Eric Stauss |
November 07, 2006 at 03:39 PM
I too have thoroughly enjoyed reading your book. It is very thought provoking and I do intend to read it again. I have suggested it to several others, and posted a reccomendation on my blog this past week as well (obviously, I haven't taken your experiment to heart just yet, but honestly, it has me considering).
Are you considering penning a follow-up book? I would love to hear more about the attempt to start the community that didn't work out, as well as your follow up thoughts on what you miss most about "Amish" life, if you've ever gone back to visit friends there, how you're raising your children to understand technology, what homelife is like for the long term, etc.
PLEASE consider writing again. I'll be first to buy.
May 28, 2007 at 12:11 PM
I just finished reading "Better Off". I absolutely LOVED it! I am trying to instill Minimite principles into my life (and I guess that I always have been, but never knew what to call it). I can't say enough how much your book has inspired me. Unfortunately, I am on a computer now (at work) and I'm not quite ready/willing/able to give up my job or truck, but I have decided to work toward my goal of minimization a bit slower than the way you and your wife jumped into it. If I can save my money and stay debt free, I will eventually be able to buy enough land to subsistence farm / give horse riding lessons / do other "no-longer-traditional jobs. Much like you, my wife and I live in an area where it is very hard to buy the land necessary to live the Minimite lifestyle (The Northeast), and we are not as willing to move *that* far away. However, I commend you on the lifestyle that you have been able to build, and I hope to get to that point eventually.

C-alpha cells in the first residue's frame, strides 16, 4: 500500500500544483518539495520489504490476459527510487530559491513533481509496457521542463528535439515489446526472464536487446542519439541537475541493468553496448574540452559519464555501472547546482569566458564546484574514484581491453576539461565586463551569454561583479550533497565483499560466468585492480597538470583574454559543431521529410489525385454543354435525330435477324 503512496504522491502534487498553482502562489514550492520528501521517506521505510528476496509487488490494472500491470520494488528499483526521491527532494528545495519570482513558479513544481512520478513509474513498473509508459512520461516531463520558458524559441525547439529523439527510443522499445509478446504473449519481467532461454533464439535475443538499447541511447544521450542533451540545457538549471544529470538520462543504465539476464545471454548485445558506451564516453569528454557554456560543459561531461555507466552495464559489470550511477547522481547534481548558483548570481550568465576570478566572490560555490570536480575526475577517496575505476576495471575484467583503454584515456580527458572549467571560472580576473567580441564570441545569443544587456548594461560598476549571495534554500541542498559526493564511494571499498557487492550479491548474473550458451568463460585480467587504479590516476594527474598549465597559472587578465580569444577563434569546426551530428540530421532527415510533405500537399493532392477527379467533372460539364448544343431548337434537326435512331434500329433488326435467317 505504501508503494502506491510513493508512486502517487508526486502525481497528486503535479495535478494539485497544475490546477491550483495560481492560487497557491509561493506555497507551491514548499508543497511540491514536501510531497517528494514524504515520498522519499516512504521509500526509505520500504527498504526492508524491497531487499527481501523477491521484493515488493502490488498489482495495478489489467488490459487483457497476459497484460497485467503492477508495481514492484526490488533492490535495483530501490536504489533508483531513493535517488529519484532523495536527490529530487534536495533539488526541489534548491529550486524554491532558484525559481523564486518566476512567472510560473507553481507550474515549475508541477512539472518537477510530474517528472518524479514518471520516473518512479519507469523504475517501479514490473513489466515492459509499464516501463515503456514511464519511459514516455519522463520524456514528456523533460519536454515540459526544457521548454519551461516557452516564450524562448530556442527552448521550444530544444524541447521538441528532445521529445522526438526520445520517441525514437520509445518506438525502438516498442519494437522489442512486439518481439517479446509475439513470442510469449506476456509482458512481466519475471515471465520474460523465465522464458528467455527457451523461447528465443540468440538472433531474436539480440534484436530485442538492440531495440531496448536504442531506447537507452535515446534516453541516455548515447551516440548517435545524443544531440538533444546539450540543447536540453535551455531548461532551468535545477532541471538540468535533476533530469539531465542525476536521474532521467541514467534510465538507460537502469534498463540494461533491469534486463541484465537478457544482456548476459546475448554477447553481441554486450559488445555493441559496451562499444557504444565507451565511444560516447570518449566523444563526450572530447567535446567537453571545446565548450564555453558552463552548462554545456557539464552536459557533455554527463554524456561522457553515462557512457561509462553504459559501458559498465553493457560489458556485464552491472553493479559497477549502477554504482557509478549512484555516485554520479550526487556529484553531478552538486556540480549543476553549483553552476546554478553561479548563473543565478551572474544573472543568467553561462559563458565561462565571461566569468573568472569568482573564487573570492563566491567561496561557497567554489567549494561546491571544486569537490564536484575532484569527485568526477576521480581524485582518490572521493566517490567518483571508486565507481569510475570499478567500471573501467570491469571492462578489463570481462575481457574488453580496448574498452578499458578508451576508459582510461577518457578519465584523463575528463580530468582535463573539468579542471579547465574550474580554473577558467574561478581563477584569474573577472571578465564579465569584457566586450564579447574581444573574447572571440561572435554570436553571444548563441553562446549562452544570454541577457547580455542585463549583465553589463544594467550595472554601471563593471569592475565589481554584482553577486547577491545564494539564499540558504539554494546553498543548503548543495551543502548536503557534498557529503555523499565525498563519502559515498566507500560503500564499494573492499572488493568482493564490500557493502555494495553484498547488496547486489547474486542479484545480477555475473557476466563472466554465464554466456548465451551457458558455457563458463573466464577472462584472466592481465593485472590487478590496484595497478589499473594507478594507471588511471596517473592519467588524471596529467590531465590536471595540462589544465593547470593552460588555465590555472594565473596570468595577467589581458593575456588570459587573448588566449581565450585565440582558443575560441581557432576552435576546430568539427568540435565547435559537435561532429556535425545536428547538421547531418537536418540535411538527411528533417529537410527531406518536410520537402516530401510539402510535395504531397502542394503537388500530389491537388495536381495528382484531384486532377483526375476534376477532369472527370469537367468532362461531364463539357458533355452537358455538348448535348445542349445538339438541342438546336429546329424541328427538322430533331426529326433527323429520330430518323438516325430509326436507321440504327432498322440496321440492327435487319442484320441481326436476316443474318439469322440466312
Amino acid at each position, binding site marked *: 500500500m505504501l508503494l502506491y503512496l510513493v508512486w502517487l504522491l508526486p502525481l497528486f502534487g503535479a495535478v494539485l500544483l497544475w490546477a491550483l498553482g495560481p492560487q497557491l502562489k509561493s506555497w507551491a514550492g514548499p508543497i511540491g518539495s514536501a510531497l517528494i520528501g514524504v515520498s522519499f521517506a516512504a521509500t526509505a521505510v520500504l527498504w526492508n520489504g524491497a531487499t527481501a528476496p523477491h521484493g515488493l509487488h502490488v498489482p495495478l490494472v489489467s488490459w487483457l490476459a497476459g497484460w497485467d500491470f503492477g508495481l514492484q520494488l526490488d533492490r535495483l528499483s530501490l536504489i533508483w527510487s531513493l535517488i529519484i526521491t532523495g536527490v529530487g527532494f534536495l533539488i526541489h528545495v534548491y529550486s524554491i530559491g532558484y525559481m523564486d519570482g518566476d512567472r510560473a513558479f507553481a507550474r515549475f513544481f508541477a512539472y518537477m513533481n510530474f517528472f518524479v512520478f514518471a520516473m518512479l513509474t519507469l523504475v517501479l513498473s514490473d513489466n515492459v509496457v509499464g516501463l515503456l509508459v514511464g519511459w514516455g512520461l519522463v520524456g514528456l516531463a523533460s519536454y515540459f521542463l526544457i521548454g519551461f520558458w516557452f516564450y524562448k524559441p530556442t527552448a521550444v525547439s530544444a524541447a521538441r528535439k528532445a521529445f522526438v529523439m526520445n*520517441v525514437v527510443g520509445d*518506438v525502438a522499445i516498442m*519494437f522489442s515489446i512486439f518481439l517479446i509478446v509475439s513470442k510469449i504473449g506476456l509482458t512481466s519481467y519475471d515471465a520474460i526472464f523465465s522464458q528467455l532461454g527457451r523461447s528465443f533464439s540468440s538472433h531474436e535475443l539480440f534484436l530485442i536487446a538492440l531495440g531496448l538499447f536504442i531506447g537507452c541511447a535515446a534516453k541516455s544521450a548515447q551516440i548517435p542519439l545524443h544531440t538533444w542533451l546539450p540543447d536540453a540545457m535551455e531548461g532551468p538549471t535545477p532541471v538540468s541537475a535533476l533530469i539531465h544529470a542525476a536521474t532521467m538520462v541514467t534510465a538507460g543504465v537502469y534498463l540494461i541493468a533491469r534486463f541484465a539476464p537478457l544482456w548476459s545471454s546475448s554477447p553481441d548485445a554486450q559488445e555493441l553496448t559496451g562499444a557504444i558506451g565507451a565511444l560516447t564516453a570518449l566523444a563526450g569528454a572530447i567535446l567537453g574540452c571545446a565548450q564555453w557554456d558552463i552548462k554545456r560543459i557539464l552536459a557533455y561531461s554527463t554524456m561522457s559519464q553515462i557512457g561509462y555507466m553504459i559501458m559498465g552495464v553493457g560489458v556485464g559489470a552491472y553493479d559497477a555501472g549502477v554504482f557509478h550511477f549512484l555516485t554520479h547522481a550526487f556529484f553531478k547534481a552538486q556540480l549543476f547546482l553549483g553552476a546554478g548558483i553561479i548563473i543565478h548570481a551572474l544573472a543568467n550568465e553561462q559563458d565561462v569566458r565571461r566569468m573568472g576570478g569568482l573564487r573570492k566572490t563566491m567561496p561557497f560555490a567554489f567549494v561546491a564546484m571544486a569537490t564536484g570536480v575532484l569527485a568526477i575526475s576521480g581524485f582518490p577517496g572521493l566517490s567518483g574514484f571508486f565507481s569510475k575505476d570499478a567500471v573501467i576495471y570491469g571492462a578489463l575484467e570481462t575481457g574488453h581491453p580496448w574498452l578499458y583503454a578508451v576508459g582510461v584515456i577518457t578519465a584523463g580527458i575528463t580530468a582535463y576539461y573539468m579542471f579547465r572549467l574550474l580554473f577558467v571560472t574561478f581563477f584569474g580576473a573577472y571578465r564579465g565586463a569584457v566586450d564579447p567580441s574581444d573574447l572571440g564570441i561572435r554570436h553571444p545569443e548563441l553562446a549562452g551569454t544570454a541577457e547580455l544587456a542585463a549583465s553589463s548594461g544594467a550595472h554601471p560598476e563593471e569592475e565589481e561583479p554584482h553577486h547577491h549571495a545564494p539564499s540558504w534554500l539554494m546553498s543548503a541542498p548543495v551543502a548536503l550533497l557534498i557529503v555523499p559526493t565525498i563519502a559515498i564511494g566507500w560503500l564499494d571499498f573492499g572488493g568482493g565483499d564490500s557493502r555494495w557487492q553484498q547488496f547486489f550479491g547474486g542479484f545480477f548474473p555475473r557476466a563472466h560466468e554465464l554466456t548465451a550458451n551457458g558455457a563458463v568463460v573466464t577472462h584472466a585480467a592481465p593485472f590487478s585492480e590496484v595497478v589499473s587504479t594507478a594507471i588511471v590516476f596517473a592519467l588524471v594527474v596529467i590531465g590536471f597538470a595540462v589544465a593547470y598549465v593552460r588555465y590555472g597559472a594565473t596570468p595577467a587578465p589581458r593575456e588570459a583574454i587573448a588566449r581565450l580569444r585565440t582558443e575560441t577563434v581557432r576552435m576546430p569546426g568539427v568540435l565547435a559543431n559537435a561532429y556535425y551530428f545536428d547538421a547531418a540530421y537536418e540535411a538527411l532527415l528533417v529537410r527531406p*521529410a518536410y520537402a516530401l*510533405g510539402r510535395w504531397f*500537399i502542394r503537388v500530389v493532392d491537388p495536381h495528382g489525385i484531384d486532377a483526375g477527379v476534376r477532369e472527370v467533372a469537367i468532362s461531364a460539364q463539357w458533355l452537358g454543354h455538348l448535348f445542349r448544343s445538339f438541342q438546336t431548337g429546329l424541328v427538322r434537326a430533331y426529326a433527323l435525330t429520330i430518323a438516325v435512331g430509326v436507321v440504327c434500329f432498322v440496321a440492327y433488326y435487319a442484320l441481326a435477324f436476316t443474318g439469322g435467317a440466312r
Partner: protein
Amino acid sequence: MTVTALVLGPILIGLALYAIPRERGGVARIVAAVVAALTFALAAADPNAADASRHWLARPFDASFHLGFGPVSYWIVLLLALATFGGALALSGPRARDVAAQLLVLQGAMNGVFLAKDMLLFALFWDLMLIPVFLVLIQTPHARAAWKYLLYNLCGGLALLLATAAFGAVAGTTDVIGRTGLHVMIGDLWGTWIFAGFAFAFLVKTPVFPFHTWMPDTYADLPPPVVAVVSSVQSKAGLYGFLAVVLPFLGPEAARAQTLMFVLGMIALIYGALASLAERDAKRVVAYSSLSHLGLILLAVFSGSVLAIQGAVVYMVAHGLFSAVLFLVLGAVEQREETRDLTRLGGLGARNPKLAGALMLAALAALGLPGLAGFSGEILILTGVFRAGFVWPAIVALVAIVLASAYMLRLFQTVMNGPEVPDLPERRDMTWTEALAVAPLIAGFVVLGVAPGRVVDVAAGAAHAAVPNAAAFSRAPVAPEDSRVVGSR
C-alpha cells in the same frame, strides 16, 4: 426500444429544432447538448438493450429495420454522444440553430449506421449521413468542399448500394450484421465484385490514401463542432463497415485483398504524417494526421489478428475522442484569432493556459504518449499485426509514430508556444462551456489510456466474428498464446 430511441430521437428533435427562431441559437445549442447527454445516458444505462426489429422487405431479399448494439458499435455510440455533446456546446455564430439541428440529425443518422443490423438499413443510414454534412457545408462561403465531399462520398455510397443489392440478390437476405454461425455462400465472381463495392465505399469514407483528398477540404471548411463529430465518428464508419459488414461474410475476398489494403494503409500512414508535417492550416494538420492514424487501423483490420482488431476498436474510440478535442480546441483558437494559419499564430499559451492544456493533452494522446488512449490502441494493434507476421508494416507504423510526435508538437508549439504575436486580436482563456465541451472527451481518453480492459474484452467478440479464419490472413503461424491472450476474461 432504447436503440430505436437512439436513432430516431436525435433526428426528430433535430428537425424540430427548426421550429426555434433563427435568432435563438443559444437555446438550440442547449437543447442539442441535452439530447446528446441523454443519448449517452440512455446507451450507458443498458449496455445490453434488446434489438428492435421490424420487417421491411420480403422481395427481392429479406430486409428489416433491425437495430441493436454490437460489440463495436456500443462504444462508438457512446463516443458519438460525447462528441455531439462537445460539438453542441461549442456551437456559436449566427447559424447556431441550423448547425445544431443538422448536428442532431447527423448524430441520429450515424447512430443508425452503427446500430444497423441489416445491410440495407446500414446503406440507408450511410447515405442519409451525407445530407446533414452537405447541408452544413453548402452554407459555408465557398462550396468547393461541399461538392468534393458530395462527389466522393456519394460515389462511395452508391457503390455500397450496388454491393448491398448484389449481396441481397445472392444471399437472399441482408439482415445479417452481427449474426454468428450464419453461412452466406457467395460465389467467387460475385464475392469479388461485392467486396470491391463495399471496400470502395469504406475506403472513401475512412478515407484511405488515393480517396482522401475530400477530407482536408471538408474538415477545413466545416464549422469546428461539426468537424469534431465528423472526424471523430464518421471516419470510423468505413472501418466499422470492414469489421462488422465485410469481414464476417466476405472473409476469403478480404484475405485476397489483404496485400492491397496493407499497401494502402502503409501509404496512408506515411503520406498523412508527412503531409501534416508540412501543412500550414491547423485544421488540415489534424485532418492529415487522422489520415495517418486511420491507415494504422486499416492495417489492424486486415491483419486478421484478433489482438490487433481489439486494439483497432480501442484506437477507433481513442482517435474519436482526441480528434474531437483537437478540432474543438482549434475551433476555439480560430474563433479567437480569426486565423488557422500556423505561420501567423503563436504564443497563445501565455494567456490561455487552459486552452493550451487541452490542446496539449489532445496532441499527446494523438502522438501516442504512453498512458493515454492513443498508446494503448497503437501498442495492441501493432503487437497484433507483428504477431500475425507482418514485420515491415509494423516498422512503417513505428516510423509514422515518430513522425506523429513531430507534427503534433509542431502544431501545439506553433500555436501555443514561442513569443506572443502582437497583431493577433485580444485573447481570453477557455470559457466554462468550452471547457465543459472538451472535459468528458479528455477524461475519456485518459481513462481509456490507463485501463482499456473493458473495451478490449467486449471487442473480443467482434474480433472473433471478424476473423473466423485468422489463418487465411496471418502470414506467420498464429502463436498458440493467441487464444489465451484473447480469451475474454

I don't know how often you read this, but I would like to suggest the book "The Overspent American: Why we want what we don't need" by Juliet B. Schor for your reading. This book is the facts, numbers, and figures that go behind your 'real-life' experiment. Also, the term Minimite that you use is very similar to what she defined as a "voluntary downshifter".
Again, thank you for the book, it has been an inspiration.
June 25, 2007 at 10:19 AM
Eric, I bought your book last week and I am loving it. I remember you from Music Camp, at KU, btw. I'm also a pianist, and a violinist. And now a harpist. Anyway.
Am enjoying your book very much. We live in Lawrence, KS in a house built in 1868 before they invented A/C and all that. We also have a self-sufficient, almost, house in Jeff. County about 15 miles north of Lawrence. No hot water at kitchen sink, no flush toilet (Biolet) and we have meat goats, dairy goats and chickens, and a water well with a windmill. Anyway. Your writing is very good and I've learned a lot from your book, which I'm recommending to people. I think about you and your family in St. Louis in the old neighborhood like ours in Lawrendce -- the homes built before electric and all.
Am about to start a "drivepoint" well at our farm in Jeff. County -- as soon as the equipment arrives. I had the hardest time finding a drivepoint, which is like a sharp-tipped, screened pipe one drives into the ground to get water, if the water's less than 50 feet below surface, preferably.
Cordelia Brown |
August 21, 2007 at 12:55 PM